How To Tell if Coaching Is Right For You
A few months ago a business colleague sent me a link to an article in Fortune Management and CNN Money entitled, “Coaching Is Hot. Is It Right For You?”
Coaching is hot and continues to be one the highest service growth industries. Coaching has moved into the main stream of organizational and leadership development. It is no longer considered just a last resort to correcting management performance or leadership competency deficiencies.
Moreover, the jury is in with regards to the Return on Investment (ROI) coaching provides. According to the 2009 ICF Global Coaching Client Study, companies that use or have used professional coaching for business reasons have seen a median return on investment of seven times their initial investment. Individual clients reported a median return on investment of 3.4 times their investment.
Here are some tips to help determine if coaching is right for you and how to go about finding the right coach.
- Research and understand what coaching is designed to do. The International Coach Federation defines coaching as “…partnering with clients in a thought-provoking and creative process that inspires them to maximize their personal and professional potential.” Visit www.coachfederation.org/ to familiarize yourself with coaching before you consider engaging a coach.
- Select the area of coaching that will best serve your needs. There are four broad areas of coaching:
- Executive/Business/Corporate/Leadership Coaching;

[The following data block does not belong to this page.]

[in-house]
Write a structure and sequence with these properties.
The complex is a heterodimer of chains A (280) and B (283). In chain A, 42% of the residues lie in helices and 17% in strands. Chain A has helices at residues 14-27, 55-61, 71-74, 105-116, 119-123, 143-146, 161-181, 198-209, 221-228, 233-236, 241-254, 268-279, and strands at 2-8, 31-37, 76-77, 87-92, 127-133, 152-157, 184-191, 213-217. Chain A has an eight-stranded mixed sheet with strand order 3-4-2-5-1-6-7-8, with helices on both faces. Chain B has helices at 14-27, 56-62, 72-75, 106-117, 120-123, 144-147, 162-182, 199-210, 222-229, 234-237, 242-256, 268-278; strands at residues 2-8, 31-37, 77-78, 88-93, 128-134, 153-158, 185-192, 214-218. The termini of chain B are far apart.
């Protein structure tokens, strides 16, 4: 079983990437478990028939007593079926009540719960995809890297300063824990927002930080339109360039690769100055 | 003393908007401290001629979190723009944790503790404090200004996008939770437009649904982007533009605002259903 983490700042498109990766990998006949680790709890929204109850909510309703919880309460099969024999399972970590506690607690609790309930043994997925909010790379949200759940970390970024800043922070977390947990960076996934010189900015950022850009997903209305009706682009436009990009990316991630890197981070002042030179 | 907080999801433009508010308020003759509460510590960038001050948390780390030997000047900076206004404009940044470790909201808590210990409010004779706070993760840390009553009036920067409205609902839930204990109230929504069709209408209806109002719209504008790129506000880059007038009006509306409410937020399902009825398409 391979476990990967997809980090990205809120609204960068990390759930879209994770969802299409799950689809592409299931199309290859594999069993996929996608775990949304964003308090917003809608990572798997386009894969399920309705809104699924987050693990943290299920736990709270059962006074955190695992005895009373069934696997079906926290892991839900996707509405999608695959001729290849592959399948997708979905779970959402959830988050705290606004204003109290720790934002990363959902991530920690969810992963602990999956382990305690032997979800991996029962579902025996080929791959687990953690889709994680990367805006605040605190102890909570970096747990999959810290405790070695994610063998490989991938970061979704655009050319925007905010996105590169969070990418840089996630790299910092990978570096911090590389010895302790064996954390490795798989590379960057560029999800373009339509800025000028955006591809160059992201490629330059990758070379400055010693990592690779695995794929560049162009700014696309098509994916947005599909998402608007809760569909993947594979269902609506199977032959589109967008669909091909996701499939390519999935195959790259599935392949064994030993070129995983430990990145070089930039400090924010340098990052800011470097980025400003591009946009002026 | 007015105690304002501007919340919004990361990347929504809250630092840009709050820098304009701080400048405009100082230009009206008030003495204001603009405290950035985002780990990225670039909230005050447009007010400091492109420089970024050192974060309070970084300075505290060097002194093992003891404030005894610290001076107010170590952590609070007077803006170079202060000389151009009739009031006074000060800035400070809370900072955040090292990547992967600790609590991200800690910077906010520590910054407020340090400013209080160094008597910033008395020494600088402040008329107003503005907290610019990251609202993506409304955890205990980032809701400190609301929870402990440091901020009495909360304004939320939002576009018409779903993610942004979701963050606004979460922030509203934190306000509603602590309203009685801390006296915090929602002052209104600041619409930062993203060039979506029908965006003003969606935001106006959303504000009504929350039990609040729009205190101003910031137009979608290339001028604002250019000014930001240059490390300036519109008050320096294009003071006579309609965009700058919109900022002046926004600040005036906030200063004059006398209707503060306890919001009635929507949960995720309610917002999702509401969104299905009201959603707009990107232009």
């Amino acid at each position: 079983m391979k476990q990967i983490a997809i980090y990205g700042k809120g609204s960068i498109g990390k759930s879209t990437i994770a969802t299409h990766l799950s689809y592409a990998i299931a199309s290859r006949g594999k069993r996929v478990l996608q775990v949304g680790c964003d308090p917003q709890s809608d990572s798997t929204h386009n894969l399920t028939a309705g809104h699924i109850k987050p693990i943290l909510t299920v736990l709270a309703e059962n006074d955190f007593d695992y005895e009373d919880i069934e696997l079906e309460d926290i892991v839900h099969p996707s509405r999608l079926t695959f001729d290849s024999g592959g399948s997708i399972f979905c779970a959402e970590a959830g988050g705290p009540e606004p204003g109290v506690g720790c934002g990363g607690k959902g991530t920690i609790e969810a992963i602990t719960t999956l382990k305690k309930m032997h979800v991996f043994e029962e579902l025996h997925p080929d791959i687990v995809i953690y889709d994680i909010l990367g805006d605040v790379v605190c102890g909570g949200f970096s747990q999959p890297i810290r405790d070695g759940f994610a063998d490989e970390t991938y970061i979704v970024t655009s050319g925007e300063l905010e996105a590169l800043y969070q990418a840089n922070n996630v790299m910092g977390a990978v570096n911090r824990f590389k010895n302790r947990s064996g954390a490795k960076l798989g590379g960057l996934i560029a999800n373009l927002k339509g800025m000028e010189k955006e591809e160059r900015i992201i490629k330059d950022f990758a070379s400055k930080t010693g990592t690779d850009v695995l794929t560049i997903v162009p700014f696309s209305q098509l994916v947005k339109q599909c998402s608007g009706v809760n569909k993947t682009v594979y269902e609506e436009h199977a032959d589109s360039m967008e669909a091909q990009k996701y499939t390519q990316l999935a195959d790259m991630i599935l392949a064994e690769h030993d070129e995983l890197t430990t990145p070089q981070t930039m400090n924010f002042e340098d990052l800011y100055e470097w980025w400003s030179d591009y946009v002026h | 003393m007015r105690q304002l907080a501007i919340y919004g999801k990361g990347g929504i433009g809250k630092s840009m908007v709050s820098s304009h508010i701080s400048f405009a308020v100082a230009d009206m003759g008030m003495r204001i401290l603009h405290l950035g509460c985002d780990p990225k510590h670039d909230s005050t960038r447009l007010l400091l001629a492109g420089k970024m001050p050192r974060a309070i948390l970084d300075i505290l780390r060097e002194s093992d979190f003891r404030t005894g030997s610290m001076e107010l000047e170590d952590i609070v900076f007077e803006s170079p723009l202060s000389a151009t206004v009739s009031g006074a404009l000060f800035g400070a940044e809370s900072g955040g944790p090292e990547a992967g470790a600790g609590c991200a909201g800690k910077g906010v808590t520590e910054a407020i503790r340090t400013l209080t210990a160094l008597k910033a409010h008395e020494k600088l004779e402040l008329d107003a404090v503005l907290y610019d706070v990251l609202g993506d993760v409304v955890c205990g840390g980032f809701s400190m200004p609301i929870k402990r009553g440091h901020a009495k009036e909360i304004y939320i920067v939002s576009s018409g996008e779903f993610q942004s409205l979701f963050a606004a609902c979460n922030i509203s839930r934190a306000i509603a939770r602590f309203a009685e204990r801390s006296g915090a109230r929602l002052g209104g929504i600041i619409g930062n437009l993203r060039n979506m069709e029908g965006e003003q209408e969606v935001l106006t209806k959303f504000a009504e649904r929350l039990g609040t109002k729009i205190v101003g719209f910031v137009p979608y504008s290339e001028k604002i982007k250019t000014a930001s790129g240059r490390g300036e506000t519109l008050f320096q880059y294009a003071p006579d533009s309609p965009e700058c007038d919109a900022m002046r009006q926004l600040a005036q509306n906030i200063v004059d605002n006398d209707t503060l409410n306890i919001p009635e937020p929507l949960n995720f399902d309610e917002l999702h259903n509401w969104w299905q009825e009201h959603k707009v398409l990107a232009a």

- Career /Transition Coaching;
- Health and Wellness Coaching; and,
- Personal and Life Coaching.
- Scan the coaching community and interview one or more coaches with the following perspective in mindChemistry and Fit – what is the apparent chemistry with the prospective coach? Listen for the voice and the questions the coach asks you to help you gain a sense of the fit since you will likely be in a coaching relationship for six months or more.
- Background and related experience – what demonstrated, relevant experience does the coach have? Does the coach have the experience; skills set and finesse to help you meet your performance or developmental needs? How will they challenge to stretch your growth?
- Professional training. What training has the coach completed and with what program? How does the coach demonstrate living a life of continuous learning through their professional coach training, certification as well as building /sustaining their credentials?
- Philosophy and approach. What is the coach’s philosophy about coaching? Do they make the agenda, your agenda?
- Coaching process / program – What is the anticipated process the coach will utilize to guide you, a group or team through a rich, learning and action-oriented journey?
- Tool kit – how extensive are the leadership assessment tools offered by the coach as a trained and authorized facilitator? How do they debrief and integrate the results into the coaching process? What do others say about the experience and the results attained?
- Success stories – what examples can the coach share to show how clients have moved forward in their leadership or career? Is the coach willing to share the names of clients that will offer a reference on a confidential basis?
As profiled by the ICF, Individuals, groups and teams who actively engage in a coaching relationship can expect to experience a new perspective on challenges and opportunities, enhanced thinking and decision-making skills, more effective interpersonal effectiveness, and increased confidence in carrying out their chosen work and career roles.
Individuals and teams dedicated to change can also expect to see appreciable results in the areas of productivity, personal and organizational satisfaction, and the achievement of personally relevant goals.
You can read the Money Management – CNN Money article by clicking here.
The Holbrow Group